Business Plus

Editor’s Note


It should be a basic tenet of private enterprise that employers are entitled to offer employment at whatever pay terms they see fit. After all, there is no compulsion on an individual to take up that employment — in Ireland, if you choose not to work the state will look after you. When the employment commences, there is an extensive panoply of legal rights that the employer cannot contract out of. Those rights are being added to all the time, including a new right to sick pay paid for by the employer.

Since the introducti­on of the national minimum wage in 2000, wage-setting is no longer at the discretion of the employer. The minimum wage is currently €10.50 an hour, and now it is set for sharp escalation by being rebranded as a living wage, starting in 2023. The living wage was a promise in the Programme for Government and employment minister and Fine Gael leader Leo Varadkar is of the view that better terms and conditions for employees must be one of the legacies of the pandemic. Varadkar is proposing to adopt the recommenda­tion from the Low Pay Commission that the new living wage should be set at 60% of the median wage across the economy. On current imperfect LPC calculatio­ns, this would mean a 16% increase in the hourly minimum wage to €12.17 an hour from January 2023.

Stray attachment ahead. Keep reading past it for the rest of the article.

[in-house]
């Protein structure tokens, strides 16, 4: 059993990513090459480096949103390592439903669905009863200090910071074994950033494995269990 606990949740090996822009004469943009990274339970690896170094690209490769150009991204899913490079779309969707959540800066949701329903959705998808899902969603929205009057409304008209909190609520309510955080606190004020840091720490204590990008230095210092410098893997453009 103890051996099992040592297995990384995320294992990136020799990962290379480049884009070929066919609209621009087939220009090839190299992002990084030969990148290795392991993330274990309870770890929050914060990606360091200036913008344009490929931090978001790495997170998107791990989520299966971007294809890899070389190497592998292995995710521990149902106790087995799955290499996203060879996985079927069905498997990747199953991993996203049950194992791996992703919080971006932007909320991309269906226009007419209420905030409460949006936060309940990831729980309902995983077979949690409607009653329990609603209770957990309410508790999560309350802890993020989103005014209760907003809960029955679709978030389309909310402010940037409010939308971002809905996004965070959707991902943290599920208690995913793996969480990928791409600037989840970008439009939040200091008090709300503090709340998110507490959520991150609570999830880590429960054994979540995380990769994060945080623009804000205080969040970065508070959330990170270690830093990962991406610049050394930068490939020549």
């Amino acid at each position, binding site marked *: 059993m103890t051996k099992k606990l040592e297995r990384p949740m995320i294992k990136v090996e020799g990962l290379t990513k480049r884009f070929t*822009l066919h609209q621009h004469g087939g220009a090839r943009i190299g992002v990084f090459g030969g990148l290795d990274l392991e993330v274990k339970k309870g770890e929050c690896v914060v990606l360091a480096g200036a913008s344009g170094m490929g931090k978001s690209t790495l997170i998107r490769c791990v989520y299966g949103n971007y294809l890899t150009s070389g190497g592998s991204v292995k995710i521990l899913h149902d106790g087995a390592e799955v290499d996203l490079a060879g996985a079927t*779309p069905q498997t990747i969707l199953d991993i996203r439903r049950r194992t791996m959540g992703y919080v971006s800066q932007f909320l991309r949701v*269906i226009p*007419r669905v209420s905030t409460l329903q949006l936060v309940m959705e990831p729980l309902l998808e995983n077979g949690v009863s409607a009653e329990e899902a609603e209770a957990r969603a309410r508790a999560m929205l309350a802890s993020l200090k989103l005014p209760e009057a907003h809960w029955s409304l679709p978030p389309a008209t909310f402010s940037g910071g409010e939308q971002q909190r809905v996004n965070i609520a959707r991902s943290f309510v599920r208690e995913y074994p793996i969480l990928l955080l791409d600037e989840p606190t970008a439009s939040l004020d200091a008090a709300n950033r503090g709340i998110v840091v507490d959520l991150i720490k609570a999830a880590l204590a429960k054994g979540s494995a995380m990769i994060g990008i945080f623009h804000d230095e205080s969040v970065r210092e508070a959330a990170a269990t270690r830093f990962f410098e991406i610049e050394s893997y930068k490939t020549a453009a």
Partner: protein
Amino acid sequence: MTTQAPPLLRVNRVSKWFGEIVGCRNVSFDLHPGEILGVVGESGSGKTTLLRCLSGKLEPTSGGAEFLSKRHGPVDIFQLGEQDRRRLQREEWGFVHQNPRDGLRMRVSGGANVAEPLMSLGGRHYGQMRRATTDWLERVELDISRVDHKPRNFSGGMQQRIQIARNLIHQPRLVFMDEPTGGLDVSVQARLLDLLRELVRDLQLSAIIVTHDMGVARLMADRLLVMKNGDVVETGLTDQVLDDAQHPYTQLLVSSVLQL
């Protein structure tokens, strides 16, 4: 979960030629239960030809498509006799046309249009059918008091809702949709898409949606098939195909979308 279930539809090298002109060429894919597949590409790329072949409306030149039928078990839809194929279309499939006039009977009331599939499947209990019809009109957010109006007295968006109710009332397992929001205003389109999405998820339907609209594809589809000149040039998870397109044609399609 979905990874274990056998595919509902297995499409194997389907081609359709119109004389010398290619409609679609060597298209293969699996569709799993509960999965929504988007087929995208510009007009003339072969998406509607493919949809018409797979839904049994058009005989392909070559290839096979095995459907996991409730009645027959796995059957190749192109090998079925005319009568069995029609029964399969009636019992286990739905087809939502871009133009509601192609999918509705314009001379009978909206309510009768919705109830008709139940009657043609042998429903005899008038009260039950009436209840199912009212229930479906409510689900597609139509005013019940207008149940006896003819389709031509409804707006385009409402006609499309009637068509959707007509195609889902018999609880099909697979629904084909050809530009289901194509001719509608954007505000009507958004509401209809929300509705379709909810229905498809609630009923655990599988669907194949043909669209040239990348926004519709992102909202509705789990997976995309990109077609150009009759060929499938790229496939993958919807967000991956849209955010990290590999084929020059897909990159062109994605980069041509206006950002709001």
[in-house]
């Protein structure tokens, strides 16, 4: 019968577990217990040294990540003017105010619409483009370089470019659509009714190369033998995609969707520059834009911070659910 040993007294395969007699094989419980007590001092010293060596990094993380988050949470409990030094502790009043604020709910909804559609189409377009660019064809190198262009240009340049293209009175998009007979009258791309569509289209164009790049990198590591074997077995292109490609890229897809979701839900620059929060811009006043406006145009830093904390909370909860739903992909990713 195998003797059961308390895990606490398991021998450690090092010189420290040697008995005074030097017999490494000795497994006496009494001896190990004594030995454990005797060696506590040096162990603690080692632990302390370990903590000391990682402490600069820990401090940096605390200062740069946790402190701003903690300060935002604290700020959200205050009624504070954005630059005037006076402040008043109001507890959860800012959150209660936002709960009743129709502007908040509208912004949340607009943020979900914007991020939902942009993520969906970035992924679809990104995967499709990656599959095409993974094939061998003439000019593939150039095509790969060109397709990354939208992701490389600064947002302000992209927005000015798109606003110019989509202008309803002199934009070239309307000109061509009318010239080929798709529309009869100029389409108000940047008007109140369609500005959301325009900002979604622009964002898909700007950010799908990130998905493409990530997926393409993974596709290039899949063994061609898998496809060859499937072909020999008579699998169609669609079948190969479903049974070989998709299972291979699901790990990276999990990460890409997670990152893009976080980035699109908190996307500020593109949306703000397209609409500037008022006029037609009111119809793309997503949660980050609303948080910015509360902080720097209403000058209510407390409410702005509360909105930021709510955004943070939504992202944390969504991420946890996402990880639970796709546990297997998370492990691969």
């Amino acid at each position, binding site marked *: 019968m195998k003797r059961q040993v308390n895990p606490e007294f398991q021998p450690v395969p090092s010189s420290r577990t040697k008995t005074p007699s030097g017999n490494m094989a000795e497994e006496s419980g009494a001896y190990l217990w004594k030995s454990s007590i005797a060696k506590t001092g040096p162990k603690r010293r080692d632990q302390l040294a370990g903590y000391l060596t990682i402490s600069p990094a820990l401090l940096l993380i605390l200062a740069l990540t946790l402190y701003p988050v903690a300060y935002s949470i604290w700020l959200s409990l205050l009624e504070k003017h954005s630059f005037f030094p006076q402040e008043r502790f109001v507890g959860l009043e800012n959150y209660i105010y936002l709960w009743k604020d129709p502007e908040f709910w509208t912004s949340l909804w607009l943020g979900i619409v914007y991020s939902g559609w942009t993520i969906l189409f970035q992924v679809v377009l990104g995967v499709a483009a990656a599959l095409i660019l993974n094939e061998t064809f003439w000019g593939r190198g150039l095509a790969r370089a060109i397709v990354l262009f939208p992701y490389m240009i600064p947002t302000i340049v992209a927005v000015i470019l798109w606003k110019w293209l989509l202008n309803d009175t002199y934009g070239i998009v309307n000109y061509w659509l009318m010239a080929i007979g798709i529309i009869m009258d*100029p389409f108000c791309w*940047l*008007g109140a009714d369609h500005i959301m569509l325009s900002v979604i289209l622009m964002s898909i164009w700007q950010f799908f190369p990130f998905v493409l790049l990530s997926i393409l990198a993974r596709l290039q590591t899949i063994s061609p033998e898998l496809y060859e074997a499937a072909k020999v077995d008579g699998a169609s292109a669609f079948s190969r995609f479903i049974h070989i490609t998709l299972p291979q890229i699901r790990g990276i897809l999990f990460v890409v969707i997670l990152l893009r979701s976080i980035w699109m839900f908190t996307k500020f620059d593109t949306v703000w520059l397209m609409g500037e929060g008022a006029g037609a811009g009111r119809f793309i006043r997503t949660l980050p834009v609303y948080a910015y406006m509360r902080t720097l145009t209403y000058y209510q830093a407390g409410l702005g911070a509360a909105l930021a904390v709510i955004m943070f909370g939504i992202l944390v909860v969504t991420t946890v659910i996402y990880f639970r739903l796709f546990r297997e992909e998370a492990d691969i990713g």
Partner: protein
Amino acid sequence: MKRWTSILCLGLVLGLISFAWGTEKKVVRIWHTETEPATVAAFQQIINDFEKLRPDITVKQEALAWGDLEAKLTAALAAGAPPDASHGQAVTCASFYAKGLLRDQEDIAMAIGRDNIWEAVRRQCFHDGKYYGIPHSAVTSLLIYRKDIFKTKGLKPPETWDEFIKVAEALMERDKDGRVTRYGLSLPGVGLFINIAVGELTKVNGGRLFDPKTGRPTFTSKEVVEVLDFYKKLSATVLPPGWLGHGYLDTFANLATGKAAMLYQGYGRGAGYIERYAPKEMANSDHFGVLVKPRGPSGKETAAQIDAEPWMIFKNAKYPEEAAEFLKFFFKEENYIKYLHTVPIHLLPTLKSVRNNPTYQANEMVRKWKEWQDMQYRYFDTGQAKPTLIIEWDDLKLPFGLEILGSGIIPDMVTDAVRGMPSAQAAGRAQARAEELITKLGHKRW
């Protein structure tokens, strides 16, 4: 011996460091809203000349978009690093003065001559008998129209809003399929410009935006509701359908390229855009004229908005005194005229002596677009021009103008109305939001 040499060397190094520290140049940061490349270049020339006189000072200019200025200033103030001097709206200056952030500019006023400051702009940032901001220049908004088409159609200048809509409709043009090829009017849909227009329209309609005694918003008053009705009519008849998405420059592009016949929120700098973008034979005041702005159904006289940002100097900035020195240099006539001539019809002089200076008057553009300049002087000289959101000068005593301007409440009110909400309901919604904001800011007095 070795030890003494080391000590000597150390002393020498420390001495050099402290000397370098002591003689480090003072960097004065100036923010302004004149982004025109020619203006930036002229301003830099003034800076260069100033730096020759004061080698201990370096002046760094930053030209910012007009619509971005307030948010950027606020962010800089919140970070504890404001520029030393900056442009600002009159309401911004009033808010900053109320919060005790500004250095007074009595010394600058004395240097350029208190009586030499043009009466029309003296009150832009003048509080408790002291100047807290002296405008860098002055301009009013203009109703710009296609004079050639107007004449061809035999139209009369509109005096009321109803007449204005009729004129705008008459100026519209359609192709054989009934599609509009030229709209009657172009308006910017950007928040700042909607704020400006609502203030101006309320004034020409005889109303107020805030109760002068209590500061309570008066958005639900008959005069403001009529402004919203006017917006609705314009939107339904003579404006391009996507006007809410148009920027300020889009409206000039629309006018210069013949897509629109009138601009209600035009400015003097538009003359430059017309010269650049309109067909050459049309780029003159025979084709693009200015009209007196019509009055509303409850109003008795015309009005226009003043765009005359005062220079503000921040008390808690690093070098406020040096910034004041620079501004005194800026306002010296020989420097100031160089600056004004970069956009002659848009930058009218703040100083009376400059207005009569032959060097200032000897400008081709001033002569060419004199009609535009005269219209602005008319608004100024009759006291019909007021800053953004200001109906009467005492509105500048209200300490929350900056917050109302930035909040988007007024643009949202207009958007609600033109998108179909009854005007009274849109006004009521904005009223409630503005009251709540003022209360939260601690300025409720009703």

Business owners in the food services and accommodat­ion sector must be agog that at a time when they are being crushed by soaring energy costs, and still reeling from two years of Covid restrictio­ns, the Tánaiste wants to hammer them with mandatory pay increases for their staff. Two-thirds of employment in this sector was directly supported by the EWSS wage subsidies in Q1 2022, and now of course the EWSS has been closed down. The rationale for replacing the minimum wage with a living wage is woolly at best.

In the LPC’s view, the living wage is an income floor that enables employees to afford the essentials of life, and is “set at a level that allows a worker to attain a socially acceptable living standard”. The Low Pay Commission decided that this level should be 60% of the median wage. The number appears to have been plucked from the air, albeit buttressed by research that claims this statutory wage floor won’t have substantia­l effects on employment.

LPC research shows that 40% of workers in the food and accommodat­ion sector earn less than 60% of the median wage. “This suggests that the introducti­on of a living wage at this rate could have a significan­t effect on this sector,” the commission blithely remarks.

 ?? ?? Employers pay for Leo’s largesse
Employers pay for Leo’s largesse
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